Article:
I'd like to point-out that Idaho beats the Dakotas in having the most diversified range of agricultural crops.  Depending on who is compiling the statistics, Idaho ranks #1 in the nation in the net production of between 16 to 23 different crops!! Potatoes are only one of the items in which Idaho excells.  Idaho is not far behind in ranking from #1 California in quantity of a diverse variety of agricultural food commodities.   And unlike the Dakotas, most of the crops in Idaho have not qualified for farming subsidies,  well, that is until later this year or next year when some of those farming provisions in the Homeland Security legislation come into play. . .

I would also like to point-out that 15% of Idaho's population belong to a religion that strongly advocates self-sufficiency and emergency preparedness, including having a year's supply of food storage.  Among them, approximately 40,000 people in Idaho volunteer their labor for one of the largest private charity agencies in the world ran by the Church of Jesus Christ of Latter-Day Saints, with immense farming operations of all sorts all over the state ran by voluntary labor.  "Bishop's Storehouses", as they are called are like small grocery stores, with hundreds of items all grown on "Church Welfare Farms" around North America with their own store-brand packaging and even brand name labels like "Deseret".

Last Saturday, I spent the morning working a huge vineyard here in Fresno, California that is owned by the church where local members from Fresno yearly contribute about 40 tons of boxes of raisins to the church welfare distribution program, with every step of the process performed by volunteer labor.
Here's a site with links to more info about that: www.providentliving.org



But having said that, now I ask the question: what does this have to do with helping us select which state?

Unless you are thinking some extreme extingency scenario whereby the population will need to be self-sufficient in order to help stave-off sinking into political turmoil in some disaster ? ? ?  . . .
 
I am a big self-sufficiency advocate in preparing for emergencies and such, but even this argument doesn't hold as much strength as finding a state that values freedom among the population, first and foremost.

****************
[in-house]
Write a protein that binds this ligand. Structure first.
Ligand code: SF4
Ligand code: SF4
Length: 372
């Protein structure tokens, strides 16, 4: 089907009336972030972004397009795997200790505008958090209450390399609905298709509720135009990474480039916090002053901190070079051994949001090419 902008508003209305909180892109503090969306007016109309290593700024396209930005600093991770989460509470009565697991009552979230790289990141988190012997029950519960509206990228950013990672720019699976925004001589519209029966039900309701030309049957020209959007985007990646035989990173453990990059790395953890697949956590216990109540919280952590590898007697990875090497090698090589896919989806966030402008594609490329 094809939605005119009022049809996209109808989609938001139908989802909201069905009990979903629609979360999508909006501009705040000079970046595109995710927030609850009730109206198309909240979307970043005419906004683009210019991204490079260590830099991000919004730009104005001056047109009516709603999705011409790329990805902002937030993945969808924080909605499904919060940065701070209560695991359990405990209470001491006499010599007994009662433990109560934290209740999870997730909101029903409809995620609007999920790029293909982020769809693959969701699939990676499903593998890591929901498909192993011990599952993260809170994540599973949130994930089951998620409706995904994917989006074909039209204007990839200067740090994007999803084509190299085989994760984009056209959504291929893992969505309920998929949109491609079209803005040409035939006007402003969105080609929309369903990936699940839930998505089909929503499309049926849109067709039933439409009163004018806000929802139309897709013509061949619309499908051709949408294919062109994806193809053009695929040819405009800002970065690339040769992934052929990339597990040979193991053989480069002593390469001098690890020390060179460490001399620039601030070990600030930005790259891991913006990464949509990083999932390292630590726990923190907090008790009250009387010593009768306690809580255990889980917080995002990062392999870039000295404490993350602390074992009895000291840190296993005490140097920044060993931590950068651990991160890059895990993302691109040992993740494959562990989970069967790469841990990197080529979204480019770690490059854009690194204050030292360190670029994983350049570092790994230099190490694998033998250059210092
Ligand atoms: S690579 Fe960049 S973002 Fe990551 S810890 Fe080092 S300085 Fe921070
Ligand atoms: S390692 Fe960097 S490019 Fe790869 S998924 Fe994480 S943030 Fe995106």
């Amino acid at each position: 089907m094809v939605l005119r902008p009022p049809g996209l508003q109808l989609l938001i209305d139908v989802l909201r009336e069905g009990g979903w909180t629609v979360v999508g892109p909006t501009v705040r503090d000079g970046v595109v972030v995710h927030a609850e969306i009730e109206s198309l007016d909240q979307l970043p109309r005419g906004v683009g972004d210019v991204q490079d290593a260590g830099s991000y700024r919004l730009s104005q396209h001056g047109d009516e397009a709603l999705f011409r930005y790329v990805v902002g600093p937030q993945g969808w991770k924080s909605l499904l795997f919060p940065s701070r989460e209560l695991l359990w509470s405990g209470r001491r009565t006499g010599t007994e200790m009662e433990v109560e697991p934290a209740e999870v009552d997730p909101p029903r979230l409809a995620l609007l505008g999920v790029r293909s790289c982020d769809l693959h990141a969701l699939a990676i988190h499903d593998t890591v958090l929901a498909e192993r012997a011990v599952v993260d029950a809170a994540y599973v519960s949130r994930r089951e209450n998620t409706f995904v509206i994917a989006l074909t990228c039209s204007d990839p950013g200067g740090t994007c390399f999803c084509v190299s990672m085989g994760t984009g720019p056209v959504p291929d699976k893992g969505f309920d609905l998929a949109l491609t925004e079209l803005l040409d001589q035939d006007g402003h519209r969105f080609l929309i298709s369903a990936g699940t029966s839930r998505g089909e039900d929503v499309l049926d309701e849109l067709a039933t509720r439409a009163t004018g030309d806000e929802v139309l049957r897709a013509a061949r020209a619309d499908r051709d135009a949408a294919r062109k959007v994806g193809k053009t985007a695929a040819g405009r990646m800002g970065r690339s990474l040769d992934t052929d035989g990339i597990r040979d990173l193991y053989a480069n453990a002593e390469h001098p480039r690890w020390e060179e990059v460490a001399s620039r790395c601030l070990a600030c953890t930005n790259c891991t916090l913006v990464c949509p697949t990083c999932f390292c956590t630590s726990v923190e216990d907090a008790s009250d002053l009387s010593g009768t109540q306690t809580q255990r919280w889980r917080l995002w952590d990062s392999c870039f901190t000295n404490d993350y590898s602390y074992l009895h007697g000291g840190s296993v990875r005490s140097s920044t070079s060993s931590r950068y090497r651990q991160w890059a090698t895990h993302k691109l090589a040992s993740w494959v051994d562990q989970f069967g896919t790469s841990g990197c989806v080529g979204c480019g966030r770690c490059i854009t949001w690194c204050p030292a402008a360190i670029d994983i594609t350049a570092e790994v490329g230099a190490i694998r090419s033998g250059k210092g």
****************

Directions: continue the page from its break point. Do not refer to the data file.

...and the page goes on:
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. . .the foundations of our national policy should be laid in private morality. If individuals be not influenced by moral principles, it is in vain to look for public virtue --The U.S. Senate's reply to George Washington's first inaugural address

exitus

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Re:State ranking by self-sufficiency in food, energy, water, etc., etc.
« Reply #4 on: March 19, 2003, 05:25:45 pm »


States ranked by self-sufficiency in wine production, by number of registered wineries   :)

Idaho =  12

Vermont =  7

Maine = 6  

Montana = 3

Alaska = 3

South Dakota = 2

North Dakota =  2

Delaware = 2

New Hampshire = 2

Wyoming = 1

http://www.freethegrapes.org/
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". . .the foundations of our national policy should be laid in private morality. If individuals be not influenced by moral principles, it is in vain to look for public virtue” -- U.S. Senate's reply to George Washington's first inaugural address

exitus

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Re:State ranking by self-sufficiency in food, energy, water, etc., etc.
« Reply #5 on: March 21, 2003, 06:00:35 pm »

Thanks for finding that post, Joe.  I lost it while trying to make a correction!

hmm. Some interesting trivia. . .

Among our candidate states, Idaho has, by far the highest consumption of wine while having the lowest consumption of spirits and beer! . . .